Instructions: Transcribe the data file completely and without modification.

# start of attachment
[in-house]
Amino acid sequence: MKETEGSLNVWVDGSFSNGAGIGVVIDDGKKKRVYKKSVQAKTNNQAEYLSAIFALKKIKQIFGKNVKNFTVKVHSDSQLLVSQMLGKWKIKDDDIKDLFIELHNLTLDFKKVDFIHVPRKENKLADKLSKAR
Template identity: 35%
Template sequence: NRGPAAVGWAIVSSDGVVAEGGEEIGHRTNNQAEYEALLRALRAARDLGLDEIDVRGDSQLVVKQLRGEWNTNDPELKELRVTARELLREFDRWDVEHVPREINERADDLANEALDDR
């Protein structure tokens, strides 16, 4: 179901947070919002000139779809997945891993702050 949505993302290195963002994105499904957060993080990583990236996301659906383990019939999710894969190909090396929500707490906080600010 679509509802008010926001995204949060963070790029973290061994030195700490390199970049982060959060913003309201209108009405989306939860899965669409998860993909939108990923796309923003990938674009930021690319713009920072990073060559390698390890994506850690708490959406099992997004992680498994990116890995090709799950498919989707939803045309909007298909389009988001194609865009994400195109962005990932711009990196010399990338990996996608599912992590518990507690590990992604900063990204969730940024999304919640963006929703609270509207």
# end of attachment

[in-house]
Amino acid sequence: MKETEGSLNVWVDGSFSNGAGIGVVIDDGKKKRVYKKSVQAKTNNQAEYLSAIFALKKIKQIFGKNVKNFTVKVHSDSQLLVSQMLGKWKIKDDDIKDLFIELHNLTLDFKKVDFIHVPRKENKLADKLSKAR
Template identity: 35%
Template sequence: NRGPAAVGWAIVSSDGVVAEGGEEIGHRTNNQAEYEALLRALRAARDLGLDEIDVRGDSQLVVKQLRGEWNTNDPELKELRVTARELLREFDRWDVEHVPREINERADDLANEALDDR
């Protein structure tokens, strides 16, 4: 179901947070919002000139779809997945891993702050 949505993302290195963002994105499904957060993080990583990236996301659906383990019939999710894969190909090396929500707490906080600010 679509509802008010926001995204949060963070790029973290061994030195700490390199970049982060959060913003309201209108009405989306939860899965669409998860993909939108990923796309923003990938674009930021690319713009920072990073060559390698390890994506850690708490959406099992997004992680498994990116890995090709799950498919989707939803045309909007298909389009988001194609865009994400195109962005990932711009990196010399990338990996996608599912992590518990507690590990992604900063990204969730940024999304919640963006929703609270509207």